I’ve been through Pecos, New Mexico before but didn’t think to stop and see the marvelous Pecos National Historic Park. Imagine, this out of the way area just east of Santa Fe was once a major trade crossroads for Pueblo people, nomadic Apaches and eventually, the Spanish.
Our destination, this winter day, was the ranch home where actress Greer Garson once lived. It was hard to imagine that such an elegant, glamorous woman would find a rather simple ranch home on the top of a rise, her favorite place to be. But she loved the Forked Lightning Ranch.
Visiting the Forked Lightning Ranch
To visit the Forked Lightning Ranch and the home that was once Greer Garson’s you need to schedule yourself for a tour.
As we drove toward the park we saw pink adobe and blue wood gates with a lightning sign on them… we were on Forked Lightning property. We arrived for our tour, meeting at the Pecos National Historic Park Visitors Center. The Visitors Center was an attraction in itself. The architecture was truly southwestern and the beauty of the columns and huge ceiling vigas was noteworthy. As we waited for our volunteer tour guide, we enjoyed the great selection of books they sell there and went through the museum, learning much more about the importance of the area.
Tours are small. We all fit in to the van and the volunteer took us up the highway to the ranch. On the way, we stopped at an old trading post and marveled at the beauty of the land as we drove on ranch property, across a bridge and up to the pink adobe (more orange, after being repainted) home.
The ranch, and the home on the hilltop had gone through several hands. The original owner of the home was “Tex Austin,” a rodeo producer who engaged architect John Gaw Meem to design the home. Tex was known as a promoter of rodeos far and wide. He bought parcels of land on the old Pecos Pueblo land grant and named the ranch, “Forked Lightning Ranch.”
Tex, always the promoter, made the ranch into a guest ranch. The guest rooms surrounded a central courtyard. He could accommodate up to 18 guests. The ranch, also a working cattle ranch, only operated for seven years, the last guests leaving in 1933. As things go with promoters and “big talkers,” Tex lost the ranch.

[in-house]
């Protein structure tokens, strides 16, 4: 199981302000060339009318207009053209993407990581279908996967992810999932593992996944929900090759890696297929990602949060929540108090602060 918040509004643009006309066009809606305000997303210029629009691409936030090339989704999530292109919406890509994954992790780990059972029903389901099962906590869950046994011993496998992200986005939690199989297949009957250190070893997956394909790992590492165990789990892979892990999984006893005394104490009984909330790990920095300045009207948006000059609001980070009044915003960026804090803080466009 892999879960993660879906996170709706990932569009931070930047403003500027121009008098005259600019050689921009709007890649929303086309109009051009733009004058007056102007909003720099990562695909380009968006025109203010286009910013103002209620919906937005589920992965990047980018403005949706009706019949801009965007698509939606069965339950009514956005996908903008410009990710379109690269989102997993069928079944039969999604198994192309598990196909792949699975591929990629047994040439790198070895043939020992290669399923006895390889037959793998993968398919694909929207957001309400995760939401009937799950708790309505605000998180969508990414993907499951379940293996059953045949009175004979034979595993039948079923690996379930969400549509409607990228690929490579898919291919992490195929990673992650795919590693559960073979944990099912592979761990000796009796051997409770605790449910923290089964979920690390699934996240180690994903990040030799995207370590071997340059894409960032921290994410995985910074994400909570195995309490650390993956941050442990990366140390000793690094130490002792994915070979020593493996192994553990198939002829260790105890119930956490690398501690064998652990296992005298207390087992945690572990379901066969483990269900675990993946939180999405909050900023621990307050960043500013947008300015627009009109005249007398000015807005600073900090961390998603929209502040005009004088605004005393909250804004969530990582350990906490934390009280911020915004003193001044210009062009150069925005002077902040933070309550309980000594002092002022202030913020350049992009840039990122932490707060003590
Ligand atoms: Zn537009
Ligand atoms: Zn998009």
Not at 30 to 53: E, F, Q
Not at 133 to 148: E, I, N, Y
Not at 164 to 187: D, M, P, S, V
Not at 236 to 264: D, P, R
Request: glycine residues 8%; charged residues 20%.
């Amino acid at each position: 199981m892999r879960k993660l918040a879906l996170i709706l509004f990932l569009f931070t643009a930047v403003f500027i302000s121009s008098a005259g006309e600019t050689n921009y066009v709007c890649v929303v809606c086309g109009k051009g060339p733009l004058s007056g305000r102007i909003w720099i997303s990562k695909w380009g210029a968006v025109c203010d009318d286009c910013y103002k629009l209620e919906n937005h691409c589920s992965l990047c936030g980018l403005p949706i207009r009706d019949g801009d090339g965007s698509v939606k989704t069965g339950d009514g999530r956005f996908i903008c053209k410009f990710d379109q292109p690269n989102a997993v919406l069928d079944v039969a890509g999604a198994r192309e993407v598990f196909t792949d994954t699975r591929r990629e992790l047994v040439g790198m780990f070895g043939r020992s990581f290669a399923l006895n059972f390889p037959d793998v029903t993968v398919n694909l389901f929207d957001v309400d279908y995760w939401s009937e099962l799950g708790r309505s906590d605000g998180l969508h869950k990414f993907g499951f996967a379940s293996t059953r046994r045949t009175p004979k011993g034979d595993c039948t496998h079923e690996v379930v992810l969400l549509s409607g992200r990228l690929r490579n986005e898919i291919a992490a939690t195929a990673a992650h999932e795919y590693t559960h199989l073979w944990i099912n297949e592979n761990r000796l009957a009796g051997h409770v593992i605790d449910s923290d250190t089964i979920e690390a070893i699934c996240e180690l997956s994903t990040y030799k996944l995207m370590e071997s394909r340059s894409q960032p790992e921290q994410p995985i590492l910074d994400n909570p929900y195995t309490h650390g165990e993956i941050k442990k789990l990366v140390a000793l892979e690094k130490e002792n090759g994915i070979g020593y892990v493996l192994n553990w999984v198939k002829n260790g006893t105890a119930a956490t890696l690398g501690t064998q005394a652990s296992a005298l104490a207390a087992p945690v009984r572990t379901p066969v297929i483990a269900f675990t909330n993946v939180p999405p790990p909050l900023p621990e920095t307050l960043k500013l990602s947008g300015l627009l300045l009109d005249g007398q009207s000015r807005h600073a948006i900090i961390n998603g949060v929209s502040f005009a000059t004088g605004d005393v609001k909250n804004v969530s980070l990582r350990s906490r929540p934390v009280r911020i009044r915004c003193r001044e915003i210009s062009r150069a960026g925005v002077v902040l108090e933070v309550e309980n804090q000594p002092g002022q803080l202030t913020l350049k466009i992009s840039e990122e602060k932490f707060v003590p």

His special touch, the large steer head sculpture mounted on the outside of the chimney remains today.
Buddy Fogelson and Greer Garson
In 1941, the ranch was sold to E.E. “Buddy” Fogelson, a Texas oil man and rancher. He expanded the ranch’s holdings and used the house as his summer home. He married actress Greer Garson in 1949 and in her grand movie-star style, she developed the rather simple ranch house into a gracious home suitable for entertaining well-known guests. While we toured the home, we saw photographs of Miss Garson entertaining political figures of the day as well as other movie stars.
What You Will See
We were surprised that the home was rather modest. It is an adobe home originally painted in “Greer Garson Pink,” but now looking more orange. If you want to see the color Miss Garson selected, look on the fence posts as you drive into the ranch.
You can see the 50’s style furniture, suitable for a ranch home, but very indicative of the style of the day. You can see a fully furnished guestroom showing how the couple chose local artisans to craft the furniture and tinwork in the home.
Enter Greer Garson’s bedroom (Buddy’s is adjoining) and you can get a sense of the countryside views and life at the ranch. While her furniture is not there, I noticed the 50’s color bathroom fixtures and large soaking tub in the bathroom.
We saw the kitchen with small restaurant style appliances, a former dining room and, my favorite, the living room. Just as you enter, you’ll see a huge fireplace with a painting of Buddy’s prize Santa Gertrudis bull above the mantel. Original furniture surrounds the fireplace area.
Although the home is not restored to the grandeur which once was, visitors can get a good idea of what life must have been like as Greer Garson entertained prominent guests in the grassy central courtyard seated at patio tables with umbrellas. You can also better understand why she and her husband loved the home. From the property you can enjoy views of the Pecos River, and look out over the valley and mountains beyond.
More Information on the Tour and How to Schedule
Forked Lightning Ranch House Tour - You’ll begin at Kozlowski’s Santa Fe Trail stage stop and then see the bluff overlooking the confluence of the Glorieta Creek and Pecos River where Tex Austin, “Daddy of the Rodeo,” hired architect John Gaw Meem to build a house. Completed in 1926, this structure later became the summer home of Pecos National Historical Park benefactors E.E. “Buddy” Fogelson and his wife, Academy Award-winning actress Greer Garson.
To schedule regular guided tours, please request a reservation at the Visitor Center or call 505-757-7241. Space is limited to 9 people on all van tours, so call for reservations in advance of the date you seek. There are no ‘walk-in’ spots saved on guided van tours. Please note that there is a $2.00 per person tour fee for van tours in addition to the $3.00 entrance fee.
Getting to the Pecos National Historical Park
Pecos National Historical Park is 25 miles east of Santa Fe, New Mexico off of Interstate 25. Visitors travelling north on I-25: take exit 299 on to HWY 50 to Pecos village and south two miles on State Road 63. Those travelling south on I-25: take exit 307 and proceed four miles north to the Park on State Road 63.
Life of Greer Garson
Video: Interview with Greer Garson from the Forked Lightning Ranch
Purchase: A Rose for Mrs. Miniver: The Life of Greer Garson
Pecos National Historic Park
Article and Slide Show: Visiting Pecos National Historical Park